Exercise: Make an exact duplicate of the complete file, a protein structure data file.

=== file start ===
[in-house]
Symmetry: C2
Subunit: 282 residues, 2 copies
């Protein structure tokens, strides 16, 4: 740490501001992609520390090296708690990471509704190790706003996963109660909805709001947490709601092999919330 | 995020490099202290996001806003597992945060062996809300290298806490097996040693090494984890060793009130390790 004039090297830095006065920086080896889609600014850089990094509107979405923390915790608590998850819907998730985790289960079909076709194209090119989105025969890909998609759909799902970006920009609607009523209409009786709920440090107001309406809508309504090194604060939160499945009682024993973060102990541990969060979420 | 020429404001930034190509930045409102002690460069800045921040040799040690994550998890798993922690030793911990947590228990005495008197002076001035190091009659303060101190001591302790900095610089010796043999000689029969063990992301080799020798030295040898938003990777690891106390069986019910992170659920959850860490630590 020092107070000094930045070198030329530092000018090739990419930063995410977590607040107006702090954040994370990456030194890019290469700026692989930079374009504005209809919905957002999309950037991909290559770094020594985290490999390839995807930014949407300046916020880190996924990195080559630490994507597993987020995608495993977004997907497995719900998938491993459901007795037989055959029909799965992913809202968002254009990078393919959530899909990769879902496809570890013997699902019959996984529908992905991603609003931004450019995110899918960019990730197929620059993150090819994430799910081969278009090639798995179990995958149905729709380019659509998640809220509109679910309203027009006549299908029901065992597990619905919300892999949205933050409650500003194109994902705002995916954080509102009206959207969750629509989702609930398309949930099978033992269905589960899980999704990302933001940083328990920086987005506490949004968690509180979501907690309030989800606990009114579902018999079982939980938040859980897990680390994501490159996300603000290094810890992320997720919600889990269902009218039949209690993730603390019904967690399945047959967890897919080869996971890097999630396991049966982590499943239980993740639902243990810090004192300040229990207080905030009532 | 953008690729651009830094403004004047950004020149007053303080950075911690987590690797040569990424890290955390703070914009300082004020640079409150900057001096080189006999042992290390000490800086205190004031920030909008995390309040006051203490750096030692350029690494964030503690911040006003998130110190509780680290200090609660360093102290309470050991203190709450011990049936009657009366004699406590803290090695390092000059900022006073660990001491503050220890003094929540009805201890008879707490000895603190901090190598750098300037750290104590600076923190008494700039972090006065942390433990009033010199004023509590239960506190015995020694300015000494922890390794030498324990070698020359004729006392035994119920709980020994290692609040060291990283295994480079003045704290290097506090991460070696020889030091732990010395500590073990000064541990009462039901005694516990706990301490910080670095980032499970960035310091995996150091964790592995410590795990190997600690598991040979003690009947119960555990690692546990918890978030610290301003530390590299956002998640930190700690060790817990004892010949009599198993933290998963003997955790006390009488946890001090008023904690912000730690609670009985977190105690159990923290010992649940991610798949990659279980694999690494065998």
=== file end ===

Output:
[in-house]
Symmetry: C2
Subunit: 282 residues, 2 copies
């Protein structure tokens, strides 16, 4: 740490501001992609520390090296708690990471509704190790706003996963109660909805709001947490709601092999919330 | 995020490099202290996001806003597992945060062996809300290298806490097996040693090494984890060793009130390790 004039090297830095006065920086080896889609600014850089990094509107979405923390915790608590998850819907998730985790289960079909076709194209090119989105025969890909998609759909799902970006920009609607009523209409009786709920440090107001309406809508309504090194604060939160499945009682024993973060102990541990969060979420 | 020429404001930034190509930045409102002690460069800045921040040799040690994550998890798993922690030793911990947590228990005495008197002076001035190091009659303060101190001591302790900095610089010796043999000689029969063990992301080799020798030295040898938003990777690891106390069986019910992170659920959850860490630590 020092107070000094930045070198030329530092000018090739990419930063995410977590607040107006702090954040994370990456030194890019290469700026692989930079374009504005209809919905957002999309950037991909290559770094020594985290490999390839995807930014949407300046916020880190996924990195080559630490994507597993987020995608495993977004997907497995719900998938491993459901007795037989055959029909799965992913809202968002254009990078393919959530899909990769879902496809570890013997699902019959996984529908992905991603609003931004450019995110899918960019990730197929620059993150090819994430799910081969278009090639798995179990995958149905729709380019659509998640809220509109679910309203027009006549299908029901065992597990619905919300892999949205933050409650500003194109994902705002995916954080509102009206959207969750629509989702609930398309949930099978033992269905589960899980999704990302933001940083328990920086987005506490949004968690509180979501907690309030989800606990009114579902018999079982939980938040859980897990680390994501490159996300603000290094810890992320997720919600889990269902009218039949209690993730603390019904967690399945047959967890897919080869996971890097999630396991049966982590499943239980993740639902243990810090004192300040229990207080905030009532 | 953008690729651009830094403004004047950004020149007053303080950075911690987590690797040569990424890290955390703070914009300082004020640079409150900057001096080189006999042992290390000490800086205190004031920030909008995390309040006051203490750096030692350029690494964030503690911040006003998130110190509780680290200090609660360093102290309470050991203190709450011990049936009657009366004699406590803290090695390092000059900022006073660990001491503050220890003094929540009805201890008879707490000895603190901090190598750098300037750290104590600076923190008494700039972090006065942390433990009033010199004023509590239960506190015995020694300015000494922890390794030498324990070698020359004729006392035994119920709980020994290692609040060291990283295994480079003045704290290097506090991460070696020889030091732990010395500590073990000064541990009462039901005694516990706990301490910080670095980032499970960035310091995996150091964790592995410590795990190997600690598991040979003690009947119960555990690692546990918890978030610290301003530390590299956002998640930190700690060790817990004892010949009599198993933290998963003997955790006390009488946890001090008023904690912000730690609670009985977190105690159990923290010992649940991610798949990659279980694999690494065998």